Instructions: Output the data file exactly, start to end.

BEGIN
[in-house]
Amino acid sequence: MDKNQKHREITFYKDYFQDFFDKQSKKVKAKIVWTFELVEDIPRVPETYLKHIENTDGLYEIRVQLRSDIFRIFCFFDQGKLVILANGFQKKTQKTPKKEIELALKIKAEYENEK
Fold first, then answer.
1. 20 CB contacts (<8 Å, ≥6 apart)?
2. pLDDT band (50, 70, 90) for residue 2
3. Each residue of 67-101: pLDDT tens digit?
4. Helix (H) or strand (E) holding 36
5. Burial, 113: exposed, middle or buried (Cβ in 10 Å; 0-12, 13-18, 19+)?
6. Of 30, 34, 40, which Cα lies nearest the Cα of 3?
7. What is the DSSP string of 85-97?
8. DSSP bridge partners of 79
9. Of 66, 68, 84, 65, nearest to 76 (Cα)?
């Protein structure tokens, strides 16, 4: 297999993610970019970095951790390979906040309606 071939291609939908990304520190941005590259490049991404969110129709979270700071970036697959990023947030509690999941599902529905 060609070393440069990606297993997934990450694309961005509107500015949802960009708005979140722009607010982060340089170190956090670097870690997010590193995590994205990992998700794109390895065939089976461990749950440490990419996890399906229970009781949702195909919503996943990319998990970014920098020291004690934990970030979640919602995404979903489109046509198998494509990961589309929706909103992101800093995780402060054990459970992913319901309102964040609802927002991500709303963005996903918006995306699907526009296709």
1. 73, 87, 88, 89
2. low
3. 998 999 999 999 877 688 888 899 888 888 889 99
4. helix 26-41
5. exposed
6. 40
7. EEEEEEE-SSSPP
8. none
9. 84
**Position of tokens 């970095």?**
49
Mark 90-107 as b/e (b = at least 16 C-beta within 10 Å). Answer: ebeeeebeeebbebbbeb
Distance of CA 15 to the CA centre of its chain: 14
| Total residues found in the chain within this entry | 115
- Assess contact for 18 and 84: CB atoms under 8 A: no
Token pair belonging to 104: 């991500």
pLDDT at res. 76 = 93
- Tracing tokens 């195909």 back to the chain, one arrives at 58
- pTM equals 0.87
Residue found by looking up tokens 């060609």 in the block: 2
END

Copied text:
[in-house]
Amino acid sequence: MDKNQKHREITFYKDYFQDFFDKQSKKVKAKIVWTFELVEDIPRVPETYLKHIENTDGLYEIRVQLRSDIFRIFCFFDQGKLVILANGFQKKTQKTPKKEIELALKIKAEYENEK
Fold first, then answer.
1. 20 CB contacts (<8 Å, ≥6 apart)?
2. pLDDT band (50, 70, 90) for residue 2
3. Each residue of 67-101: pLDDT tens digit?
4. Helix (H) or strand (E) holding 36
5. Burial, 113: exposed, middle or buried (Cβ in 10 Å; 0-12, 13-18, 19+)?
6. Of 30, 34, 40, which Cα lies nearest the Cα of 3?
7. What is the DSSP string of 85-97?
8. DSSP bridge partners of 79
9. Of 66, 68, 84, 65, nearest to 76 (Cα)?
């Protein structure tokens, strides 16, 4: 297999993610970019970095951790390979906040309606 071939291609939908990304520190941005590259490049991404969110129709979270700071970036697959990023947030509690999941599902529905 060609070393440069990606297993997934990450694309961005509107500015949802960009708005979140722009607010982060340089170190956090670097870690997010590193995590994205990992998700794109390895065939089976461990749950440490990419996890399906229970009781949702195909919503996943990319998990970014920098020291004690934990970030979640919602995404979903489109046509198998494509990961589309929706909103992101800093995780402060054990459970992913319901309102964040609802927002991500709303963005996903918006995306699907526009296709």
1. 73, 87, 88, 89
2. low
3. 998 999 999 999 877 688 888 899 888 888 889 99
4. helix 26-41
5. exposed
6. 40
7. EEEEEEE-SSSPP
8. none
9. 84
**Position of tokens 């970095």?**
49
Mark 90-107 as b/e (b = at least 16 C-beta within 10 Å). Answer: ebeeeebeeebbebbbeb
Distance of CA 15 to the CA centre of its chain: 14
| Total residues found in the chain within this entry | 115
- Assess contact for 18 and 84: CB atoms under 8 A: no
Token pair belonging to 104: 């991500």
pLDDT at res. 76 = 93
- Tracing tokens 């195909």 back to the chain, one arrives at 58
- pTM equals 0.87
Residue found by looking up tokens 């060609």 in the block: 2